In Tokyo on Friday, Suga, the top government spokesman, shrugged off the reported comment by the official, saying at a press conference it is “natural for the Japanese government” to re-examine the accounts of 16 South Korean women.
Korean Americans push to rename Sea of Japan in state legislatures
A high-stakes struggle between Asian powers over territory and resources in the Sea of Japan has opened a new front in unexpected locations: American state legislatures. Now, the centuries-old feud between South Korea and Japan will soon impact some schoolchildren in the United States.
Korean American activists have pushed legislation in three states that would require new school textbooks to note that the Sea of Japan is also called the East Sea, the Korean name for the hotly disputed body of water.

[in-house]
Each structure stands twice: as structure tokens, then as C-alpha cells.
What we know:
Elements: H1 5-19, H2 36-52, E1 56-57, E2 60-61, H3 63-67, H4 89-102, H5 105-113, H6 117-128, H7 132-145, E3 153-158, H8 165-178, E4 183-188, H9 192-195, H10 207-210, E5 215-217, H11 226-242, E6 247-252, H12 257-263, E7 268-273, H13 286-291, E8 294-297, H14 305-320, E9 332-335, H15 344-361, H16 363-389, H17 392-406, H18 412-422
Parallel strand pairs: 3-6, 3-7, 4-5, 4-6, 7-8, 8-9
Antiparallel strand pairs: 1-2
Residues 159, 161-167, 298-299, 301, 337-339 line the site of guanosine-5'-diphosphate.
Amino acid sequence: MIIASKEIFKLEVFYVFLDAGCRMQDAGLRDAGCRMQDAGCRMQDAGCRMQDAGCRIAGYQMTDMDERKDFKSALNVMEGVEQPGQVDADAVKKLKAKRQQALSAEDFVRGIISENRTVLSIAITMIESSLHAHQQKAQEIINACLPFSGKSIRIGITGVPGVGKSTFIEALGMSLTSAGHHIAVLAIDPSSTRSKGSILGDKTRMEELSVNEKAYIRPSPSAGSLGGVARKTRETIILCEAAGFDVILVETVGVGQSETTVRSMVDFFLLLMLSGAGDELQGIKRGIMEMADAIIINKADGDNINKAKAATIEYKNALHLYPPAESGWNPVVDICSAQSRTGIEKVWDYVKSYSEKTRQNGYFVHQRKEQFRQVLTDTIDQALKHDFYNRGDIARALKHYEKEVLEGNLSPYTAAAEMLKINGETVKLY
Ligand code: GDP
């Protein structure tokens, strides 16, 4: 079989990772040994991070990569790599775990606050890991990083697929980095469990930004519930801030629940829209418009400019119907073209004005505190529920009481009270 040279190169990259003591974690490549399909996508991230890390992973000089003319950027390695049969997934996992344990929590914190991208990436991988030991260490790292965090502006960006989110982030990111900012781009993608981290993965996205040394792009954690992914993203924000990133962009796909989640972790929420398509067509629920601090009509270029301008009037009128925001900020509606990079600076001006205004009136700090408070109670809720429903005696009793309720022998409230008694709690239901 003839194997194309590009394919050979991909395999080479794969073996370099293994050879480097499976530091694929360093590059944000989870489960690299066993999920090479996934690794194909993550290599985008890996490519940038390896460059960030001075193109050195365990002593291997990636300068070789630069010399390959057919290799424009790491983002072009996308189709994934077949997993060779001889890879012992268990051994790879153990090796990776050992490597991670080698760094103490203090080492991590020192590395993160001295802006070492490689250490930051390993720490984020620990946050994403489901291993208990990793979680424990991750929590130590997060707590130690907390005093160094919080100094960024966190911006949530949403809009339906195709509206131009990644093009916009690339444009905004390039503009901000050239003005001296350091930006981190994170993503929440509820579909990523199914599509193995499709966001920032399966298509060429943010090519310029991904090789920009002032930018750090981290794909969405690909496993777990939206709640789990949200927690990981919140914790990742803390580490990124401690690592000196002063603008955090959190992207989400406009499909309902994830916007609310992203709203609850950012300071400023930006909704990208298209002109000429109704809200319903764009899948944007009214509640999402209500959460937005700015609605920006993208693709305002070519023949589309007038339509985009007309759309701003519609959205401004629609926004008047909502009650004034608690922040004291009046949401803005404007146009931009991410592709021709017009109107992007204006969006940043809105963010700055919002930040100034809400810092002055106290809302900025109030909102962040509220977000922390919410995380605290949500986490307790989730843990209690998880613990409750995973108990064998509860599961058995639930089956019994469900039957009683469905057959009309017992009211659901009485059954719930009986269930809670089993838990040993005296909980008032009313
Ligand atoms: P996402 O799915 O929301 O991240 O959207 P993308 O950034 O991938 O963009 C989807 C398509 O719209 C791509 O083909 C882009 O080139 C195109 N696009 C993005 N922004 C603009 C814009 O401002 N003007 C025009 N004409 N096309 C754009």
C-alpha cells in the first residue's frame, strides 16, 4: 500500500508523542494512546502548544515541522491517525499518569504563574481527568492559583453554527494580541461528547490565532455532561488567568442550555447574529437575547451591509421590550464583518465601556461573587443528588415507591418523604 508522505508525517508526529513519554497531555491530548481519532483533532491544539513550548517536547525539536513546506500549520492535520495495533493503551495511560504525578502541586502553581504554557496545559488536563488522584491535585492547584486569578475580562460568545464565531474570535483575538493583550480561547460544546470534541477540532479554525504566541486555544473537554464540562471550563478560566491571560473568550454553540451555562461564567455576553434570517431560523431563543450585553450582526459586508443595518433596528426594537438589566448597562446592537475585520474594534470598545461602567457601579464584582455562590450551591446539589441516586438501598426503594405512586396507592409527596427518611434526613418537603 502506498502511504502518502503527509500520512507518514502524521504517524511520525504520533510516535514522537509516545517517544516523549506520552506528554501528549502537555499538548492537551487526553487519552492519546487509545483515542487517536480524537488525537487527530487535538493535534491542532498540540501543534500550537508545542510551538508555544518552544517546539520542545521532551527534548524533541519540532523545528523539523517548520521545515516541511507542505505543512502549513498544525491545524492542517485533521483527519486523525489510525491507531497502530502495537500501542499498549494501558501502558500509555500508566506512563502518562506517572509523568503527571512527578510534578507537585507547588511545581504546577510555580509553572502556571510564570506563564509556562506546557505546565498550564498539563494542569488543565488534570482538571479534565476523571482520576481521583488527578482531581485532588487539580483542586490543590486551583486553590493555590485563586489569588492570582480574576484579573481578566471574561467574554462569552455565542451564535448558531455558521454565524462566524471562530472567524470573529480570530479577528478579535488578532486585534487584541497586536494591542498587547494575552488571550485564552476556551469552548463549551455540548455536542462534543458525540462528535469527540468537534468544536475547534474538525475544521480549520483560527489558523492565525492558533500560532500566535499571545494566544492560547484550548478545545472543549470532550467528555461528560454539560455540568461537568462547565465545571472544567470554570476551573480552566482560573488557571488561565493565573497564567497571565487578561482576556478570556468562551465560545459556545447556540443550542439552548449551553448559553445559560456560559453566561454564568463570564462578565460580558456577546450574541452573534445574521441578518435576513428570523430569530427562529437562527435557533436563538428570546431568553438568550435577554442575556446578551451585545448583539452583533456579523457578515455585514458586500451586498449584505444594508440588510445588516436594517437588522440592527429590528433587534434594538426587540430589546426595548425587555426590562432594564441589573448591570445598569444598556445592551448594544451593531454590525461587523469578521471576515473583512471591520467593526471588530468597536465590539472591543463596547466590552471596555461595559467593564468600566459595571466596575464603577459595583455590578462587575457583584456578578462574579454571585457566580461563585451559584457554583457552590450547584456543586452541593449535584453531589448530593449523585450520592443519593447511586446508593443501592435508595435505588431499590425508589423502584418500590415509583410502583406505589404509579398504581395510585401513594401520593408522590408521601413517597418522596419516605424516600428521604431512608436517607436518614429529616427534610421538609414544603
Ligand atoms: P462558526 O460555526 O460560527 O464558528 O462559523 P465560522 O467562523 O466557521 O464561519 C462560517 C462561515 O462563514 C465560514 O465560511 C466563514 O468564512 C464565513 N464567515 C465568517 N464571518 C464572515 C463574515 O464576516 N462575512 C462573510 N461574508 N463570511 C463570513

Earlier this month, the Virginia House of Delegates passed legislation that would require textbooks to include both names by a wide margin. Gov. Terry McAuliffe (D), who said during his 2013 campaign that he supported the measure, is likely to sign it once it reaches his desk.
Miky Lee tries to rise to challenge at South Korea’s CJ Group
Miky Lee, vice chairman of CJ Group, beams as she greets a visitor in the executive lounge of South Korea’s biggest purveyor of food, home-shopping services, TV programs and movies. The 55-year-old granddaughter of Samsung Group’s founder shows no sign that it’s been a traumatic few months.
Settling in for her first major interview, Lee opens up about how she’s leading the shaken Samsung offshoot after CJ Group Chairman Lee Jay Hyun, her younger brother, was arrested in July.